Reading Notes, July 2022
Article: “I Finally Reached Computing Nirvana. What Was It All For?”
Paul just has a way with words.
configuration is indistinguishable from procrastination
Also loved this note generalized to anyone who ever does anything successful:
But the likely outcome of the [NFT] boom is that some people will cash out at the right time and become convinced that they hold the keys to the universe and will lecture us for the rest of our lives.
And the ending:
I am very surprised that the terminal result of my efforts [to configure every aspect of my digital life] is not some sort of ecstatic communion with the internet, or even with my own computer. The function of my whole big orchestrated, tagged, integrated system was merely to rekindle old ties.
Blogging. Emailing. Tweeting. Coding. Configuring. None of these are about the practice themselves. They’re all about the friends we make along the way :)
Article: “No News Is Good News”
The news does not matter. It has little, if any real impact on your life besides what you allow it to have. Like a vampire, The news- whether mainstream, alternative, printed or screen-based- is a parasitic force that will drain you of your energy, happiness and rationality if you welcome it over your threshold and in to your life. The key is to simply never invite it in.
That’s a bold statement to an intriguing article. What’s one to do?
If an event is actually important to your real life, you will find out about it. Such news will find you.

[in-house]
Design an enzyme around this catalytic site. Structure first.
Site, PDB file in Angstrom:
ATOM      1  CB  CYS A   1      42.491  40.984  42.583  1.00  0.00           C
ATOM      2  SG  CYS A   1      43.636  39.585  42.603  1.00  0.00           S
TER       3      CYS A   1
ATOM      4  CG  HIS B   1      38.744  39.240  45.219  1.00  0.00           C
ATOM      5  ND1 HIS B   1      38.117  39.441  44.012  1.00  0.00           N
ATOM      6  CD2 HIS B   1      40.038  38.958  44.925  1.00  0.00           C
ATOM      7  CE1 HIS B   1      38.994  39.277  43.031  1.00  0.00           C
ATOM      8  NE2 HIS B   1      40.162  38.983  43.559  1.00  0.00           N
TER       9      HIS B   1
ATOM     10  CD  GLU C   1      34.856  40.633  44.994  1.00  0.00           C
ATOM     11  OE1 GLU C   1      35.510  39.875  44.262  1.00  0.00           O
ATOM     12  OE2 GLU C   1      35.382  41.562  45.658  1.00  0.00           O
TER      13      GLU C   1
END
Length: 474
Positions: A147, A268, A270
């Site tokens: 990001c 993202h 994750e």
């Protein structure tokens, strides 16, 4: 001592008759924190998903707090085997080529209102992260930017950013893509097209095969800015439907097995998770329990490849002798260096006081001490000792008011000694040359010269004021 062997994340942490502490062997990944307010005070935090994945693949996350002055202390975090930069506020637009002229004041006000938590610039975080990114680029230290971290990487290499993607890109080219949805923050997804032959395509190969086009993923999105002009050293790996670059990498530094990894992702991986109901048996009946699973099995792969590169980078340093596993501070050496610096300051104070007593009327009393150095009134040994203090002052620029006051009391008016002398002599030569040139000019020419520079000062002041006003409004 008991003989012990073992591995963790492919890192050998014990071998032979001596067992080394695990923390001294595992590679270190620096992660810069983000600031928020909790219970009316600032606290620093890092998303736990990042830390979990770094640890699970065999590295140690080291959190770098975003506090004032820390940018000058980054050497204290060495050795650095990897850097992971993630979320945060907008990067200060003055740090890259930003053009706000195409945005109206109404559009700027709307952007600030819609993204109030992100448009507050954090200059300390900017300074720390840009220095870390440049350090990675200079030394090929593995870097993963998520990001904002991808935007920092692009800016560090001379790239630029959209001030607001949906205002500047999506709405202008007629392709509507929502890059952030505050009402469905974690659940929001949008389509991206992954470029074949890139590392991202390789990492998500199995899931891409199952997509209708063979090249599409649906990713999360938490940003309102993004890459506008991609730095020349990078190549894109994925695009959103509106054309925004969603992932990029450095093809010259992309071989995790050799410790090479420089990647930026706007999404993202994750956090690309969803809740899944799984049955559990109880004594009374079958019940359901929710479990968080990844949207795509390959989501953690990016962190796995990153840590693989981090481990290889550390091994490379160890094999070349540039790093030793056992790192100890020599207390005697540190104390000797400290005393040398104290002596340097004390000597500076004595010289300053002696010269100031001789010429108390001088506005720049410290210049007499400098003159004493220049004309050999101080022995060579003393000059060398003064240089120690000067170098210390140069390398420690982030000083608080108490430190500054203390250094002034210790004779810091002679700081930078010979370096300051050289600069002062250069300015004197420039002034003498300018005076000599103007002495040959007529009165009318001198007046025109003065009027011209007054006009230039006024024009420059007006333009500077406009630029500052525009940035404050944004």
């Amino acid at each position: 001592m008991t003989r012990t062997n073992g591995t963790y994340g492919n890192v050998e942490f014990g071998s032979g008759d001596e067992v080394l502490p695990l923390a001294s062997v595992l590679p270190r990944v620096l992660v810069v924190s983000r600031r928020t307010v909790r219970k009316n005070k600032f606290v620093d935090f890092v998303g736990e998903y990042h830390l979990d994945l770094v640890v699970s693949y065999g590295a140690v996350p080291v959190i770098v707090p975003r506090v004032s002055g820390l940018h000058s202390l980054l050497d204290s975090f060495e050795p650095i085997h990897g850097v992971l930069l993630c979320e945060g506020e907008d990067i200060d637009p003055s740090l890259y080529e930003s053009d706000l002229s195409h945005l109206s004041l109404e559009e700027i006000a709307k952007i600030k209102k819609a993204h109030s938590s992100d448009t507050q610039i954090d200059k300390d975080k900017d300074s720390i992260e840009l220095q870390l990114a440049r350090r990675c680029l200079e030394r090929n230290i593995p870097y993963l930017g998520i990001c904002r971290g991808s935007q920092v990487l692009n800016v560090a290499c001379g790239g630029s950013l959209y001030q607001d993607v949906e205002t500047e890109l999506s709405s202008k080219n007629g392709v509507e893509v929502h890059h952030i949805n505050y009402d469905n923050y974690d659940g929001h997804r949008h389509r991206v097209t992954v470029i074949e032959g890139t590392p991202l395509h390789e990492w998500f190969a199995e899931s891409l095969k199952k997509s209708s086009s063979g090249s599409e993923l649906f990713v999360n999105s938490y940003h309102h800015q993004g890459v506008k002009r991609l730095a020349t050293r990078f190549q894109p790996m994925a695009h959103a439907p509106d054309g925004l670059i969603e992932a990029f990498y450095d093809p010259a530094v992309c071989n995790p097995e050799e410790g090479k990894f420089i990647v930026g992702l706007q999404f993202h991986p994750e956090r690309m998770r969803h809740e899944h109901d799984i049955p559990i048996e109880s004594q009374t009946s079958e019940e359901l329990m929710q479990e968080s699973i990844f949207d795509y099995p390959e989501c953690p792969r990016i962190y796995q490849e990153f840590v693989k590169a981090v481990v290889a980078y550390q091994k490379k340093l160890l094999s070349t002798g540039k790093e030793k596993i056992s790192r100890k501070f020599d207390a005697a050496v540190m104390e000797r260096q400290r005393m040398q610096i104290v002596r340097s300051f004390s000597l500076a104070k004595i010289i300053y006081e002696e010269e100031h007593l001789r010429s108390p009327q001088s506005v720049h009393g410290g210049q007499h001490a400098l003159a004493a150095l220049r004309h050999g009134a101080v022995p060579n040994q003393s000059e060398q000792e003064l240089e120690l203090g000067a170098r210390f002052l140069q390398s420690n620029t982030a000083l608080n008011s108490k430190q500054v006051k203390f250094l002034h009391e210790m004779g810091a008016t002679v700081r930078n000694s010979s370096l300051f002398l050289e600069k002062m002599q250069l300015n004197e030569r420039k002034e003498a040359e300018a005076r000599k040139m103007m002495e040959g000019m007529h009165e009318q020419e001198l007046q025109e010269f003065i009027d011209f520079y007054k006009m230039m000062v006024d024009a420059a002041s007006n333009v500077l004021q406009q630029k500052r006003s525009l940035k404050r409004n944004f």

Feels like there are some parallels in here to “keeping up with” or “staying informed on” web dev news. Or, as the author calls it, “the illusion of staying informed”.
So how do you bring about change, then? Well, from my experience you ignore all of the things you cannot control and that have little bearing on your life (again, if there is some news that will actually effect your life you’ll hear about it) your focus narrows to your local environment. To yourself and your family and your street and your neighbourhood. These are things you can influence. And from here your influence ripples outwards, and rather than being trapped by impotent rage and fear and confusion, you see that the reality is that you can make things happen. And this is the only piece of news that matters
To be honest, this is part of why I like following individuals over publications or companies in web dev. I get to see the individual behind the writing — the human whose views are evolving, changing, growing, shrinking, whatever it might be. I walk that path with them through their writing. The sensationalism is missing (from most anyway) and you get to see a rough human whose edges are being chipped away and polished as they move through the world.
Article: “Sharding Yourself”
Good blogging advice:
Usually one side of your writing will be noticeably more popular than the other, and you will feel tempted to focus to build your audience and improve your signal-to-noise.
That’s your right, but also you would be depriving the world and your future self of the multifaceted insight machine that you are.
Article: “The Demo → Demo Loop”
If I’m honest, “Dailies” are probably overkill, but I wouldn’t hate it. I would certainly prefer daily demos over vague, ritualistic standup-speak.
I kinda really like the idea of doing daily demos over “ritualistic standup-speak”, although I do wonder how long until we’d turn those into “ritualistic daily demos” and collectively accept each others subpar demos like we do our standups ha.
Article: “The cost of opinion”
Frameworks and libraries are like layers,
and these layers accrete.
Every layer has a vector of intention,
pointing toward some idealized value to users,
determined by the author of the layer.
or the difference
between the vectors of intention of two adjacent layers,
always comes at a cost.
Opinion costs compound
and are, directly or indirectly,
shouldered by users.
An intriguing post where the author tries to explain his intuition about whether a framework is “good”.